Israeli Prime Minister Naftali Bennett spoke with Russian President Vladimir Putin for the second time in recent days.

According to the Kremlin, Putin discussed with the Israeli leader Moscow’s assessment of the third round of talks between Russian and Ukrainian officials that took place on Monday. Those talks ended without any significant breakthrough as efforts to establish a humanitarian corridor from Ukrainian cities under attack by Russian forces have faltered.

Bennett made a quick visit to Moscow on March 5 to meet with Putin in person as part of an effort to mediate the conflict between Russia and Ukraine.

Unlike most other Western countries, Israel has maintained open lines of communication with Putin while also supporting Ukraine during the Russian military onslaught.

Ukrainian President Volodymyr Zelensky also said that he spoke with Bennett on Tuesday and thanked him for his diplomatic efforts.

In a tweet, Zelensky said the two “discussed ways to end the war and violence.”

According to a report in Axios, Israeli officials with direct knowledge of Bennett’s discussions with the leader say that there has been a softening of positions on both sides in the last 24 hours with discussions around demilitarizing the Donabas region of Ukraine and the Ukrainians cooling discussions on joining NATO. The officials said that Bennett isn’t presenting Putin and Zelensky with any plan or framework, but only passing messages between the two leaders.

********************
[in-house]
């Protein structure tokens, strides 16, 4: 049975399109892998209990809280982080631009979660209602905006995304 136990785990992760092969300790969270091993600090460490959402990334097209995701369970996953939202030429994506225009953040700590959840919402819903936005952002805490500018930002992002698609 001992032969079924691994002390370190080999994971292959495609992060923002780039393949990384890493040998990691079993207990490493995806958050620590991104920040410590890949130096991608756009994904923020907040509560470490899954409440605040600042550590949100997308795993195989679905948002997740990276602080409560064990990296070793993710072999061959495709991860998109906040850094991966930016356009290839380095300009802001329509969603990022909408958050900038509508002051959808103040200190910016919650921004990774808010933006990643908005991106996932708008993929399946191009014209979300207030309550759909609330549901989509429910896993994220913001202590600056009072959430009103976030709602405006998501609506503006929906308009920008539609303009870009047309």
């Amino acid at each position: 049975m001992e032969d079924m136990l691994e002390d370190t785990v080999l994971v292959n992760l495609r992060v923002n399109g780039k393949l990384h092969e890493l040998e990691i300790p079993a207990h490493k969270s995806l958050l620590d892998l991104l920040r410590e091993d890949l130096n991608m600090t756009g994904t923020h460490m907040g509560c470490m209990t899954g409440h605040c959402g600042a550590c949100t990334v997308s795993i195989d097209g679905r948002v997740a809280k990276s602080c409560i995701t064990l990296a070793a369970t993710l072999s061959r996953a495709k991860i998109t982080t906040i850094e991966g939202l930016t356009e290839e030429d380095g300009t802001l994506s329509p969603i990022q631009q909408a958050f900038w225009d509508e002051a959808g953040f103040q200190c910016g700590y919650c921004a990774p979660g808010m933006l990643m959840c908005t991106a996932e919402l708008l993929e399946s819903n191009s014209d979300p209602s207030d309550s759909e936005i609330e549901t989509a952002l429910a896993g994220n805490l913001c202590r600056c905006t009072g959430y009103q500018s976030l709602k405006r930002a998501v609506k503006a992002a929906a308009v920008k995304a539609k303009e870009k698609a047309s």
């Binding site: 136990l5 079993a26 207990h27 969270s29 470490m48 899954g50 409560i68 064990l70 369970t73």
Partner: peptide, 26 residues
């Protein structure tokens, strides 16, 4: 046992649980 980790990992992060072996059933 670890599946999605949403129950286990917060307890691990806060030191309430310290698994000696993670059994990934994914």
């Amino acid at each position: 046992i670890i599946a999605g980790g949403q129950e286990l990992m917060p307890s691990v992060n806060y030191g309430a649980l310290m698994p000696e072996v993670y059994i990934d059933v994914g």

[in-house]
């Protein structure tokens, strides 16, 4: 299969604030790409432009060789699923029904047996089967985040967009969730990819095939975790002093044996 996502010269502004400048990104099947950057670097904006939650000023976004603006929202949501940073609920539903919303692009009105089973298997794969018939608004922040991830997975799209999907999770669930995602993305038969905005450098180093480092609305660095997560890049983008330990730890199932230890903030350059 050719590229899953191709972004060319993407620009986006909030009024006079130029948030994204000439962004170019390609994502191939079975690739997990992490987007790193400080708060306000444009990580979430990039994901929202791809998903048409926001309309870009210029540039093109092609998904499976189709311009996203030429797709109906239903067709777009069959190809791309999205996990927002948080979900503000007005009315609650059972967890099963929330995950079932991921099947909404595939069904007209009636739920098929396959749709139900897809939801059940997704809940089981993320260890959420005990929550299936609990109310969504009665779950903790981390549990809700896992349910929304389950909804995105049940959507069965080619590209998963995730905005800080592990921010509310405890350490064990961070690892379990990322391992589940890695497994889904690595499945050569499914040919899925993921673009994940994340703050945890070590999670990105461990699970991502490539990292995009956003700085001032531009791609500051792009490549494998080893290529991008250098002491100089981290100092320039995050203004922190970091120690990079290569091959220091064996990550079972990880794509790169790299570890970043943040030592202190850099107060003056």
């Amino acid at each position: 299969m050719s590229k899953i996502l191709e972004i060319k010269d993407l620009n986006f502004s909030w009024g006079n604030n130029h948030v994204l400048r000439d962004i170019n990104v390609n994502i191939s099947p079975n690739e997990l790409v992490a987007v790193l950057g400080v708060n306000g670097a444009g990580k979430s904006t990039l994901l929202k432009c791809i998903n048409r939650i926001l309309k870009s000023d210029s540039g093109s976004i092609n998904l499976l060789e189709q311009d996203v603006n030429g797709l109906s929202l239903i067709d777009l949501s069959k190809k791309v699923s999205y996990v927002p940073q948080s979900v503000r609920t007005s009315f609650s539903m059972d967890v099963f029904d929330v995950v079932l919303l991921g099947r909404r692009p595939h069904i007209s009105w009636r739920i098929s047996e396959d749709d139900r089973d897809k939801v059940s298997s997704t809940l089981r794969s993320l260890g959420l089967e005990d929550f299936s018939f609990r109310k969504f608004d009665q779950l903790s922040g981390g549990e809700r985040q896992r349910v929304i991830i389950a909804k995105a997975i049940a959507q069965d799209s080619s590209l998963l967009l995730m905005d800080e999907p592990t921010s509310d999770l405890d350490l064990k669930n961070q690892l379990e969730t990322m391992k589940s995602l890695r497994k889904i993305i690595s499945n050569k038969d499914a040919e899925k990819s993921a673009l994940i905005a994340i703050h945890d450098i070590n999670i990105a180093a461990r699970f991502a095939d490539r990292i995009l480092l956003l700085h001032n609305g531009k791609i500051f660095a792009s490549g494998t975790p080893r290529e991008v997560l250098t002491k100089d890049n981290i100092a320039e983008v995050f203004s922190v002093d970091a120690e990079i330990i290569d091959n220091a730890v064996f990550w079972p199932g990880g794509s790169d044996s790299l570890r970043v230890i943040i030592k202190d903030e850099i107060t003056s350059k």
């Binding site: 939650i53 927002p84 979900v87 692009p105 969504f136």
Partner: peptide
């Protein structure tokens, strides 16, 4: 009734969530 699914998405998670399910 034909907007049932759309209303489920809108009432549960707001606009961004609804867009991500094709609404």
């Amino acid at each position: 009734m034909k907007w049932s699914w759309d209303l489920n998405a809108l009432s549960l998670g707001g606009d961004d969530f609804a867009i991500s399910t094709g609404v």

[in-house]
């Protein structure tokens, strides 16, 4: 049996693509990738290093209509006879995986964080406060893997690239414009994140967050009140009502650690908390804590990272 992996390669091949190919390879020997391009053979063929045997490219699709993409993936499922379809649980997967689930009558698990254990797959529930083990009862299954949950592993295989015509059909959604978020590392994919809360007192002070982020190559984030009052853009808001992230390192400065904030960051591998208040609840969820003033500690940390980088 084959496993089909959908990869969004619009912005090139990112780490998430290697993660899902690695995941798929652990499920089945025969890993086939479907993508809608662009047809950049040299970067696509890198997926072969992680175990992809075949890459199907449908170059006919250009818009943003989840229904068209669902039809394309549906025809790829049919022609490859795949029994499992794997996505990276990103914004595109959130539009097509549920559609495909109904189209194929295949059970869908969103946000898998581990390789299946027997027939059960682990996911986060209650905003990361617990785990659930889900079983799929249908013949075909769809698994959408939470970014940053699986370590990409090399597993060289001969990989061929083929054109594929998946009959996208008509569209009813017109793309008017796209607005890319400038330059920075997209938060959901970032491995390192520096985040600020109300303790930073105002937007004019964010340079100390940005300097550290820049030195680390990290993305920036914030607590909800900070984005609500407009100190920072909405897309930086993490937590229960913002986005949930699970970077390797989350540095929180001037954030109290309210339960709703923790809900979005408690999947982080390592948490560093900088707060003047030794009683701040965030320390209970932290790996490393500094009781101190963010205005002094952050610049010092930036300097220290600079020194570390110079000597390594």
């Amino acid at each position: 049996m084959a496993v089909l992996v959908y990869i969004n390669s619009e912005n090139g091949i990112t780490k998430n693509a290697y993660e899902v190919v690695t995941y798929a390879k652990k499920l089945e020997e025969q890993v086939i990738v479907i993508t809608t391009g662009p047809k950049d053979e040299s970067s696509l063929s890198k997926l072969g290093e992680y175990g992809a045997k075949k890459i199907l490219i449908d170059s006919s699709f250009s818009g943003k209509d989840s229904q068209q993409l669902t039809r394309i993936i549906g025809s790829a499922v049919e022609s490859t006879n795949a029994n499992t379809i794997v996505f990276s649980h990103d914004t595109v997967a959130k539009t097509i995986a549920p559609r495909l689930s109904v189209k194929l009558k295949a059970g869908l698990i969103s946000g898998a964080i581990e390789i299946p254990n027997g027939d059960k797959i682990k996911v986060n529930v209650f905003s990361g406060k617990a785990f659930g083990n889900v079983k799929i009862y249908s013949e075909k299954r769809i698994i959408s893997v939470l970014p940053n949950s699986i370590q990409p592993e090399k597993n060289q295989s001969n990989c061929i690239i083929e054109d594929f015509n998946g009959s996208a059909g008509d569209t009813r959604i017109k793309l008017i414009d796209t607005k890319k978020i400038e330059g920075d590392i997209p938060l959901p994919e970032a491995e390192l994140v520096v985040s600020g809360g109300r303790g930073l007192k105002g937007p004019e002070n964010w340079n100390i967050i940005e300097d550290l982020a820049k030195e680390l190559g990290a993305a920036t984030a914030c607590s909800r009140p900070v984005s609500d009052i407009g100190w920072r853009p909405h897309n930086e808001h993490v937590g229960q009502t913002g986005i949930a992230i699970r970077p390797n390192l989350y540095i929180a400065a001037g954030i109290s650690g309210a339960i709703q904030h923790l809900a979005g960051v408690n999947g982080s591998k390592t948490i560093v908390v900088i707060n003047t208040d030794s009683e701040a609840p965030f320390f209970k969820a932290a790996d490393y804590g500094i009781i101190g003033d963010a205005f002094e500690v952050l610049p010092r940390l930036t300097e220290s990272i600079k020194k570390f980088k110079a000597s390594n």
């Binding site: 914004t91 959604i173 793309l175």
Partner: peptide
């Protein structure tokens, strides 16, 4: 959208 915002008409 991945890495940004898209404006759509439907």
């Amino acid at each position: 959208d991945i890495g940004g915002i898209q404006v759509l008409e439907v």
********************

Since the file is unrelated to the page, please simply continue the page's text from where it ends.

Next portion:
The United States has praised Israel’s efforts to try to bring an end to the conflict. On Monday, U.S. Secretary of State Antony Blinken told his Israeli counterpart Yair Lapid that he “appreciated” the efforts, but that Russia has so far chosen not to pursue the path of diplomacy.

The latest efforts by Israel to mediate the conflict came as U.S. President Joe Biden announced that America would ban all Russian-oil imports, a striking move against Moscow in retaliation for its invasion of Ukraine that will also likely bring extra costs to U.S. residents at the gas pump.

“We will not be part of subsidizing Putin’s war,” declared Biden, calling the new action a “powerful blow” against Russia’s ability to fund the ongoing offensive.

The president said that Americans will see rising prices, but made it a point to say that “defending freedom is going to cost.”


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